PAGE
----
Phil DudmanPlants, memories & responsibilities

Lately I’ve been thinking how delightful it is that plants, particularly scented ones can evoke such special memories of people, places and times in our lives… and how a garden itself often becomes a collection of plants and ornaments that remind us of these special things. This is what makes plants and gardens so incredibly powerful and enriching.

Mango

I could rattle off a long list of plants that trigger all sorts of memories and emotions… as I’m sure you can. Hibiscus for example reminds me of my earliest fascination with the plant world… as a toddler, it was the first flower I took notice of… so big and colourful and structurally unique… how could I ignore it. And honeysuckle… I was always amazed by the sweet syrupy surprise we would find at the base of each bloom.

The smell of mango still takes me back to those times growing up in Brisbane … hanging out with all the local kids by our backyard tree filling ourselves with fruit picked straight from the branches at their peak of ripeness… we thought we were in living in paradise…

Gerbera

And then there are gerberas and geraniums that remind me of mums collection of cuttings along the driveway which I would water daily… even when they didn’t need it.

Jasminium polyanthum

Jasminium polyanthum

My latest time-warping experience was brought on by a whiff of jasmine. It came from the pongiest of all jasmines, Jasminium polyanthum … known as pink or winter jasmine. It always reminds me of the Ekka – Queensland’s Royal Show – because it’s scent would fill the air around showtime… and I could never forget the masses of pink flower buds breaking into their white star-like blooms… every street seemed to have at least one of two of these raggedy climbers dripping over a fence and tantalising our senses as my excitable bunch of friends made our way through the backstreets to the showgrounds on a sunny, crisp late winters day in 1970s Brisbane.

Jasminium polyanthum

I still love this plant… but it’s not one that I see as often anymore… perhaps only in neglected gardens, where it has gotten out of hand… which proves its toughness, and its dangerous side. Sadly, this is one of those plants that will cause much misery if you don’t keep it in check with regular pruning and training. It is also known to sucker from the base, and if you let it trail along the ground, it will form roots along the stem. If this happens, dig out the offending runaways with a spade or mattock. This free-rooting nature has led Jasminum polyanthum to become a weed in some bushland areas, mainly due to irresponsible dumping on forest edges, but when you maintain and dispose of it responsibly, you will enjoy what is without doubt, one of the most heavenly fragrant plants I know.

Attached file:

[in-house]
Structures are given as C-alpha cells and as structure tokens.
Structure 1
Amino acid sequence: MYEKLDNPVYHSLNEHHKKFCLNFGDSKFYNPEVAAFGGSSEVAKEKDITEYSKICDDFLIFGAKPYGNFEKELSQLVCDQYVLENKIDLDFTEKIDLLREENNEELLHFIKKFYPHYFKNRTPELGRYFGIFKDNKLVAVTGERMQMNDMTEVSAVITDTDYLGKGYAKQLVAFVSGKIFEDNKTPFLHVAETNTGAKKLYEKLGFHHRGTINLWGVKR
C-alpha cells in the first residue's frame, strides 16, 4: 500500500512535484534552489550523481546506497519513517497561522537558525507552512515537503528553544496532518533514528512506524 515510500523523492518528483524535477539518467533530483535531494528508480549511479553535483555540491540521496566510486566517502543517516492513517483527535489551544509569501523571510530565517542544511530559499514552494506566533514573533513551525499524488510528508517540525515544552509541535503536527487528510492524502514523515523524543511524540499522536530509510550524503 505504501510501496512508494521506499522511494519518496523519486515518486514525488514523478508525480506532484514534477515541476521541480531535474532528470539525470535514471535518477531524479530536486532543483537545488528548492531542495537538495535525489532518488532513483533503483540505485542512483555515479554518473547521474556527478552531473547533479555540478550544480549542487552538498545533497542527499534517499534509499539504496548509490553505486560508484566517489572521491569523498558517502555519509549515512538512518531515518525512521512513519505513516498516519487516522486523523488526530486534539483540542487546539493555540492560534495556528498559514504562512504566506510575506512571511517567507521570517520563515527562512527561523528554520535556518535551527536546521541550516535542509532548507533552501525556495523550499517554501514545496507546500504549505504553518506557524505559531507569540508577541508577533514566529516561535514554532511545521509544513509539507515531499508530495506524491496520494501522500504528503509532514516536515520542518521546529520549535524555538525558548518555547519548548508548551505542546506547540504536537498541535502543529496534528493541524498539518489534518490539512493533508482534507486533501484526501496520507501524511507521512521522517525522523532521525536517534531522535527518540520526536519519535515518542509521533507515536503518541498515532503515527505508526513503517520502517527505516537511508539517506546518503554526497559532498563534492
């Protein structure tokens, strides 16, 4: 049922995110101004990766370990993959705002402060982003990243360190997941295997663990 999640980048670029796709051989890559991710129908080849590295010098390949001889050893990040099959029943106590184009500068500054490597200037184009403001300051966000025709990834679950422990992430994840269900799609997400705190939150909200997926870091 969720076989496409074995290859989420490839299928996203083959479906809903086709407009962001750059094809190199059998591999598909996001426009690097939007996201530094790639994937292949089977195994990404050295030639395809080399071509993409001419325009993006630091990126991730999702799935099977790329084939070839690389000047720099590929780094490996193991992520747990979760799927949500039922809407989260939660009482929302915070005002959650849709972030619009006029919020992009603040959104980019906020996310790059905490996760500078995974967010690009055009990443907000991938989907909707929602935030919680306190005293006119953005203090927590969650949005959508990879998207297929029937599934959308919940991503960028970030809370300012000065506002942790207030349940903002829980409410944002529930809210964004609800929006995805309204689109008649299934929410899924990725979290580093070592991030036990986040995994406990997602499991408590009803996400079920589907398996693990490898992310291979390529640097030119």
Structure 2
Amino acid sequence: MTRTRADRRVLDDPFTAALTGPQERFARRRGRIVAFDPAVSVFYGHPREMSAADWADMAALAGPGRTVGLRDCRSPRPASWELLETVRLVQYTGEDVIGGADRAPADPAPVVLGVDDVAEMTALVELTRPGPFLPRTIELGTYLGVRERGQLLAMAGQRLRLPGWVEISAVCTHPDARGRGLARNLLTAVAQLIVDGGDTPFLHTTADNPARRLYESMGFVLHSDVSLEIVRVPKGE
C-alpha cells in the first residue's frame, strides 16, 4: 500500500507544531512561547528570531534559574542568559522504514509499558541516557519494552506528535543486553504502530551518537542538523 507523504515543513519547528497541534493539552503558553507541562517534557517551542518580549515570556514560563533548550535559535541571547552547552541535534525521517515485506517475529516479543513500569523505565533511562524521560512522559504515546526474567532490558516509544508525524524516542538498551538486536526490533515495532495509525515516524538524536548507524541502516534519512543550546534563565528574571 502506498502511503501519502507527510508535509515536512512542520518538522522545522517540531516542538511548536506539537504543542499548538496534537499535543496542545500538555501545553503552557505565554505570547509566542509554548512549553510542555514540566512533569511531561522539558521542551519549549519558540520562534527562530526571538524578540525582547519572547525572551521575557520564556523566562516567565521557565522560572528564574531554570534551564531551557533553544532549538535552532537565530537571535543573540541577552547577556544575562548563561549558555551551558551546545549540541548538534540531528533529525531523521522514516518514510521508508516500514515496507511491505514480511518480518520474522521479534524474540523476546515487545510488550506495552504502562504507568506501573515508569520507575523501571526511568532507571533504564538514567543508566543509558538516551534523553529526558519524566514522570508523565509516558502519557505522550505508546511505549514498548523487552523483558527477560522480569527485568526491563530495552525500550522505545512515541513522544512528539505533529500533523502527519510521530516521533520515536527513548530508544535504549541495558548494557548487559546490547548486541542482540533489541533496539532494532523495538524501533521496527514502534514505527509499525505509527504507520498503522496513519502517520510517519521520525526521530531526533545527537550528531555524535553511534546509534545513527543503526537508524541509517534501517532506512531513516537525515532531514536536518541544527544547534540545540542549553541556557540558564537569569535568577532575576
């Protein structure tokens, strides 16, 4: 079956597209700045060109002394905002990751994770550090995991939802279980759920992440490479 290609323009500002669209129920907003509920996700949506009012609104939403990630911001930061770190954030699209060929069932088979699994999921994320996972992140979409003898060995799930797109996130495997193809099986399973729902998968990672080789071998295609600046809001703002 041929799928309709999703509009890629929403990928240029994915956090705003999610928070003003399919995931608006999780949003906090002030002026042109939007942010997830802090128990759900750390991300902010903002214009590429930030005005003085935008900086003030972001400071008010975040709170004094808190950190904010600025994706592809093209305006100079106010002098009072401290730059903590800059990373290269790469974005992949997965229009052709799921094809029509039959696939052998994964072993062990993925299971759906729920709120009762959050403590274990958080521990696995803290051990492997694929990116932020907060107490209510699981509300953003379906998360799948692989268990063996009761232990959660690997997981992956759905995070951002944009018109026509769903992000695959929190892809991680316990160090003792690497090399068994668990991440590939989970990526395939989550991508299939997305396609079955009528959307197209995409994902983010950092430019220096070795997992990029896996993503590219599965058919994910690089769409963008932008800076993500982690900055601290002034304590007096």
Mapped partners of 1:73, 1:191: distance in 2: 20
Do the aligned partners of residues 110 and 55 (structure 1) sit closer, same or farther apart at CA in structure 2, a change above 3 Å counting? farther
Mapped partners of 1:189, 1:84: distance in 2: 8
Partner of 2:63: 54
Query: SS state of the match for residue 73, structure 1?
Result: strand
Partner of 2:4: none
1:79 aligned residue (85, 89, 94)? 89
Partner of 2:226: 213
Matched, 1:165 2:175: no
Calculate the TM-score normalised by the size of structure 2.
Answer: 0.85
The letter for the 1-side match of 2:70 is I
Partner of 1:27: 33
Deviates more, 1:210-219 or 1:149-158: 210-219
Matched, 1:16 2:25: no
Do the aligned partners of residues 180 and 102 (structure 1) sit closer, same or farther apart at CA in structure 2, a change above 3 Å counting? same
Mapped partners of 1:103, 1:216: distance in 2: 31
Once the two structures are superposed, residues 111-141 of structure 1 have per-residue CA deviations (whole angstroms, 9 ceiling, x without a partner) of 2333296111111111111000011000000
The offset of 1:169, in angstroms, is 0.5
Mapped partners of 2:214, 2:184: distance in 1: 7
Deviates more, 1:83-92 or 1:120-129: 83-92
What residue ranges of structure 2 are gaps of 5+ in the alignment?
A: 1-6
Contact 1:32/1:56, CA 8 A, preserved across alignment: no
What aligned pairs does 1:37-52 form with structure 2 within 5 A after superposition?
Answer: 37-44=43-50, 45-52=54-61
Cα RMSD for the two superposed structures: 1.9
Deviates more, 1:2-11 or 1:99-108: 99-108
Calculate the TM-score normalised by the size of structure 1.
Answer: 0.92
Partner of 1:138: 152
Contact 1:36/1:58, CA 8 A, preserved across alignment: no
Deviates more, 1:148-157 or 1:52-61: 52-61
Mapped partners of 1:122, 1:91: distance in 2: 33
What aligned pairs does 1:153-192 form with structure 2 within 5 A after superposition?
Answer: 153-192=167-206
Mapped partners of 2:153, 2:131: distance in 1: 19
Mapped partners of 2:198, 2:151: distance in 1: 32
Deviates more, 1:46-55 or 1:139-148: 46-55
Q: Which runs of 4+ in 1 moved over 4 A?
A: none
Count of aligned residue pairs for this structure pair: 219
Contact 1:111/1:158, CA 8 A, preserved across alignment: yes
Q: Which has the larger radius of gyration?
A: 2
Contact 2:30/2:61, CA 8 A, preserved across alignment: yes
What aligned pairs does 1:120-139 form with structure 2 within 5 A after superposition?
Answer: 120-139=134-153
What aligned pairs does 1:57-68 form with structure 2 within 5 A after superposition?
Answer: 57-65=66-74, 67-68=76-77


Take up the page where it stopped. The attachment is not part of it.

So there are a few thoughts and memories of plants that have had some significance in my early life… most of them quite common, and sometimes a bit weedy… but nevertheless important. What are some of the plants that have shaped your life? And while you’re there… tell us about the ones that despite their level of maintenance and care… you would never be without.

Like this post? Why not share it with a friend?


3 thoughts on “Plants, memories & responsibilities

  1. Each time I have a minor success tending my mother’s garden, I’m reminded how rewarding it is to rescue neglected plants and shrubs for her. It has brought up many memories of my childhood and as I post these on my blog I realise that these memories are so closely connected to family and dearly departed ones. Lovely.

  2. Thinking about my childhood garden has made me realise how many plants I can remember, and ‘see’ in my mind’s eye – deathless golddust and shrimp plants in big concrete pots, dark red polyantha roses, spreading Jap maples, a few old lavenders and lots & lots of trees – oak, willow, casuarina, liquidambar, elm, cedar & cypress. But the nyssa was always my favourite, & I’ve been lucky that my current house came with a beautiful specimen in the front garden. I’d give up every other plant to keep it! Hmmmm….except maybe the paperbark!

  3. helen mckerral on said:

    I have a love-hate relationship with my rampant J. polyanthemum. I love the scent when it’s on bloom but my sinuses don’t. Each year it sends out several metres of vines and each year I prune it from the carport, the driveway, the neighbour’s trees, my camellias. A fantastically vigorous plant… but it sure needs space!

Leave a Reply (no need to register)